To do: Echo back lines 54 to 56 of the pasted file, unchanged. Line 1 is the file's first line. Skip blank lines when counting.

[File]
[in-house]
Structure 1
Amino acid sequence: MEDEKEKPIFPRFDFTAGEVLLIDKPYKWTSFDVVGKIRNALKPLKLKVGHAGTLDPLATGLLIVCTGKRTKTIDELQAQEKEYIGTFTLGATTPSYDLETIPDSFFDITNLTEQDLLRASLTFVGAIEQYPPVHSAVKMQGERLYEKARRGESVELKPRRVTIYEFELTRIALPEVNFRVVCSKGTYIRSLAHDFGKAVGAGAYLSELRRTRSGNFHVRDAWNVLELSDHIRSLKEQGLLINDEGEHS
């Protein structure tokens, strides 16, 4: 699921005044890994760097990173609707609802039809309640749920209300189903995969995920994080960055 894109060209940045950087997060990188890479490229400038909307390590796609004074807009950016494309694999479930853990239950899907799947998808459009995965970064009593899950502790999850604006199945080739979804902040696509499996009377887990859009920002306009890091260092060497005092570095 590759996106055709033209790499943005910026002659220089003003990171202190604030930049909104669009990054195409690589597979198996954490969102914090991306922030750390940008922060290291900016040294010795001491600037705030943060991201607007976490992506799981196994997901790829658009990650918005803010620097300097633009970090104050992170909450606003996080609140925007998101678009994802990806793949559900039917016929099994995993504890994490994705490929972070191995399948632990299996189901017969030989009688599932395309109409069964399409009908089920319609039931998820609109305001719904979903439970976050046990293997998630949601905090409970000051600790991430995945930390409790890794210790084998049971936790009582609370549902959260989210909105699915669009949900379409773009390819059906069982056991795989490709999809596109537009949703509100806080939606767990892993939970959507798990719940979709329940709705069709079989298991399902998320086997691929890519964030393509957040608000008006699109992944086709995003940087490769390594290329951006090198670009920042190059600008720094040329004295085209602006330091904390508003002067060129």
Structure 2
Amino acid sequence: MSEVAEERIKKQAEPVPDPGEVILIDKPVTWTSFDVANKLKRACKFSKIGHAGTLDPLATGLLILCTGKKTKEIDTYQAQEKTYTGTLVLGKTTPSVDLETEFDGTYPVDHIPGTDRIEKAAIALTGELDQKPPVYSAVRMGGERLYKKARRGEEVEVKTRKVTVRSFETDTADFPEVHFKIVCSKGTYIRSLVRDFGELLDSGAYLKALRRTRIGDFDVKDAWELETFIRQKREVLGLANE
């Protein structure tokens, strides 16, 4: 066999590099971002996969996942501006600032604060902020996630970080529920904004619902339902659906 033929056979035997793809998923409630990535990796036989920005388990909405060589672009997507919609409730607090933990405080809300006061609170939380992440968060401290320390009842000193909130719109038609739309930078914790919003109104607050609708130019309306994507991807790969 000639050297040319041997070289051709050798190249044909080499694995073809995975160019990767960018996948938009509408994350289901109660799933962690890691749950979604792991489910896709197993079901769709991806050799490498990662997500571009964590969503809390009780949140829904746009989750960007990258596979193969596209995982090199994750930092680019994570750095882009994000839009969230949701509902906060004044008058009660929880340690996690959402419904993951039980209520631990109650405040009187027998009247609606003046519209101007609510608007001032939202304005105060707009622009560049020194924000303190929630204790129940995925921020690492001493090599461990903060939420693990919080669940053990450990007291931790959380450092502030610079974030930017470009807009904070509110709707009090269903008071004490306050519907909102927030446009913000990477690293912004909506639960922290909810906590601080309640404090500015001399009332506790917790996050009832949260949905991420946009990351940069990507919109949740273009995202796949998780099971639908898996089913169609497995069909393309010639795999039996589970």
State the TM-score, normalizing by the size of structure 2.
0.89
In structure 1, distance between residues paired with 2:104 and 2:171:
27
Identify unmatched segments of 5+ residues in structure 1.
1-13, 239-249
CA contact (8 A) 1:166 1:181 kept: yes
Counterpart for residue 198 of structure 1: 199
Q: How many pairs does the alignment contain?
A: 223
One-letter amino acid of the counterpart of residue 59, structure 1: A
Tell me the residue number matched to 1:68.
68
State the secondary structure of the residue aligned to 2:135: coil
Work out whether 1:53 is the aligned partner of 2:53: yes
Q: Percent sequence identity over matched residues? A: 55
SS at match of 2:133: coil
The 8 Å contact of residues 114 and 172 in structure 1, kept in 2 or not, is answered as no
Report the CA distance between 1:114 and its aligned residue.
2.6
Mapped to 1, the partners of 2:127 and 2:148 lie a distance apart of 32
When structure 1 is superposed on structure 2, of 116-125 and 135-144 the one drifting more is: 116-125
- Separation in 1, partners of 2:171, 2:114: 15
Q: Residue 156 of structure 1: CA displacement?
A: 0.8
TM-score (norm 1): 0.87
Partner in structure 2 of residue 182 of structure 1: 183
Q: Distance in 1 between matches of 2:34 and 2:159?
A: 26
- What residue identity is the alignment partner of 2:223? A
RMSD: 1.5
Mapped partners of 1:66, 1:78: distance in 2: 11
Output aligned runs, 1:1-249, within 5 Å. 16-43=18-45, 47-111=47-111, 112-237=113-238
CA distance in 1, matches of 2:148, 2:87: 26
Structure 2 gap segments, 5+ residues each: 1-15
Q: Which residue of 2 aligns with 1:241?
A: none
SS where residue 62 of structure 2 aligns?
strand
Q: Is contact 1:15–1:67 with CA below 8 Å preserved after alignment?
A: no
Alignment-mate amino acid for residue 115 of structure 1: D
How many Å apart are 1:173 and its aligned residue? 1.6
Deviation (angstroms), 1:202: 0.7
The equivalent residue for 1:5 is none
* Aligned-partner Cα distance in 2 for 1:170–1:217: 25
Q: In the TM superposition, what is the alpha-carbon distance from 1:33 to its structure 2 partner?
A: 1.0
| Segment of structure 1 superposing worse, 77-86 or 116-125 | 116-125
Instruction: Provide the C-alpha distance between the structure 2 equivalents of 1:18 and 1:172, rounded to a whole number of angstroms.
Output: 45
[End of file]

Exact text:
Q: In the TM superposition, what is the alpha-carbon distance from 1:33 to its structure 2 partner?
A: 1.0
| Segment of structure 1 superposing worse, 77-86 or 116-125 | 116-125